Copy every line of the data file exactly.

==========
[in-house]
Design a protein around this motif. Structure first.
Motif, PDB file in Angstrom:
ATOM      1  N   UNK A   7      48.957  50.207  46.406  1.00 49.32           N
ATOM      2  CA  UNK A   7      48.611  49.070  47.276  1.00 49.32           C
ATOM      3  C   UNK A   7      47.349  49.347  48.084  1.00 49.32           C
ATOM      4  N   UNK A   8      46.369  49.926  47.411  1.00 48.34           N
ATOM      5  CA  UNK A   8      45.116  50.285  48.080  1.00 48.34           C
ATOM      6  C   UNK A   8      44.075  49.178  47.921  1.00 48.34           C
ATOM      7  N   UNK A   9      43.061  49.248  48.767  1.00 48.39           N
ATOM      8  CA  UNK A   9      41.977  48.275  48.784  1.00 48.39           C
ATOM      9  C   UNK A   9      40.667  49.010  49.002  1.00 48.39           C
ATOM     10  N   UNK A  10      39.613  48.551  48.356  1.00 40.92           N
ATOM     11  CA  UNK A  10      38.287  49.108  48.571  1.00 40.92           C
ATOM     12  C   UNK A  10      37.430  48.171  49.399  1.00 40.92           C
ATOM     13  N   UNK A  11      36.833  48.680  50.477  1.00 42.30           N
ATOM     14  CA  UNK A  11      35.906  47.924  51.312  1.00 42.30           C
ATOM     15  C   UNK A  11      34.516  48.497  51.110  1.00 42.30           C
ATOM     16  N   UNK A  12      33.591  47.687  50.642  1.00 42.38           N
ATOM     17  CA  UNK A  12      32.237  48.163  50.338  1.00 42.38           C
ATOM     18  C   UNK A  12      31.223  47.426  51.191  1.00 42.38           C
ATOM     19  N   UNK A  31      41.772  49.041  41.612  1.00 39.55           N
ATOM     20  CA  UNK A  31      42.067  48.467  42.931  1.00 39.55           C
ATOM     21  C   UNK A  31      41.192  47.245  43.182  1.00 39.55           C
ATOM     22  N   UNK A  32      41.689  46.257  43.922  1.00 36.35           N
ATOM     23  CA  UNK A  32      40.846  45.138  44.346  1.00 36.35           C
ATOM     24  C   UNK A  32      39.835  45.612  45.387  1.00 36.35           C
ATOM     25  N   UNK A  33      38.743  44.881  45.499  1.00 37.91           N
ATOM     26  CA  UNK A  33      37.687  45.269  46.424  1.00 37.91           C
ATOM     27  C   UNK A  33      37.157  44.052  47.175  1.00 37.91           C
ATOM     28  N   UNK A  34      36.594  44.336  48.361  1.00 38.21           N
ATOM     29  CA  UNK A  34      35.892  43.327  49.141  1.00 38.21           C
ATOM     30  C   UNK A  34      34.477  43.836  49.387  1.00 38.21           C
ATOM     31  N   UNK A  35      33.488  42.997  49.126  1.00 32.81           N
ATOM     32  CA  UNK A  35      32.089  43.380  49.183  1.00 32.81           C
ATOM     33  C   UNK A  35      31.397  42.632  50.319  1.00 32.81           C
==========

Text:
[in-house]
Design a protein around this motif. Structure first.
Motif, PDB file in Angstrom:
ATOM      1  N   UNK A   7      48.957  50.207  46.406  1.00 49.32           N
ATOM      2  CA  UNK A   7      48.611  49.070  47.276  1.00 49.32           C
ATOM      3  C   UNK A   7      47.349  49.347  48.084  1.00 49.32           C
ATOM      4  N   UNK A   8      46.369  49.926  47.411  1.00 48.34           N
ATOM      5  CA  UNK A   8      45.116  50.285  48.080  1.00 48.34           C
ATOM      6  C   UNK A   8      44.075  49.178  47.921  1.00 48.34           C
ATOM      7  N   UNK A   9      43.061  49.248  48.767  1.00 48.39           N
ATOM      8  CA  UNK A   9      41.977  48.275  48.784  1.00 48.39           C
ATOM      9  C   UNK A   9      40.667  49.010  49.002  1.00 48.39           C
ATOM     10  N   UNK A  10      39.613  48.551  48.356  1.00 40.92           N
ATOM     11  CA  UNK A  10      38.287  49.108  48.571  1.00 40.92           C
ATOM     12  C   UNK A  10      37.430  48.171  49.399  1.00 40.92           C
ATOM     13  N   UNK A  11      36.833  48.680  50.477  1.00 42.30           N
ATOM     14  CA  UNK A  11      35.906  47.924  51.312  1.00 42.30           C
ATOM     15  C   UNK A  11      34.516  48.497  51.110  1.00 42.30           C
ATOM     16  N   UNK A  12      33.591  47.687  50.642  1.00 42.38           N
ATOM     17  CA  UNK A  12      32.237  48.163  50.338  1.00 42.38           C
ATOM     18  C   UNK A  12      31.223  47.426  51.191  1.00 42.38           C
ATOM     19  N   UNK A  31      41.772  49.041  41.612  1.00 39.55           N
ATOM     20  CA  UNK A  31      42.067  48.467  42.931  1.00 39.55           C
ATOM     21  C   UNK A  31      41.192  47.245  43.182  1.00 39.55           C
ATOM     22  N   UNK A  32      41.689  46.257  43.922  1.00 36.35           N
ATOM     23  CA  UNK A  32      40.846  45.138  44.346  1.00 36.35           C
ATOM     24  C   UNK A  32      39.835  45.612  45.387  1.00 36.35           C
ATOM     25  N   UNK A  33      38.743  44.881  45.499  1.00 37.91           N
ATOM     26  CA  UNK A  33      37.687  45.269  46.424  1.00 37.91           C
ATOM     27  C   UNK A  33      37.157  44.052  47.175  1.00 37.91           C
ATOM     28  N   UNK A  34      36.594  44.336  48.361  1.00 38.21           N
ATOM     29  CA  UNK A  34      35.892  43.327  49.141  1.00 38.21           C
ATOM     30  C   UNK A  34      34.477  43.836  49.387  1.00 38.21           C
ATOM     31  N   UNK A  35      33.488  42.997  49.126  1.00 32.81           N
ATOM     32  CA  UNK A  35      32.089  43.380  49.183  1.00 32.81           C
ATOM     33  C   UNK A  35      31.397  42.632  50.319  1.00 32.81           C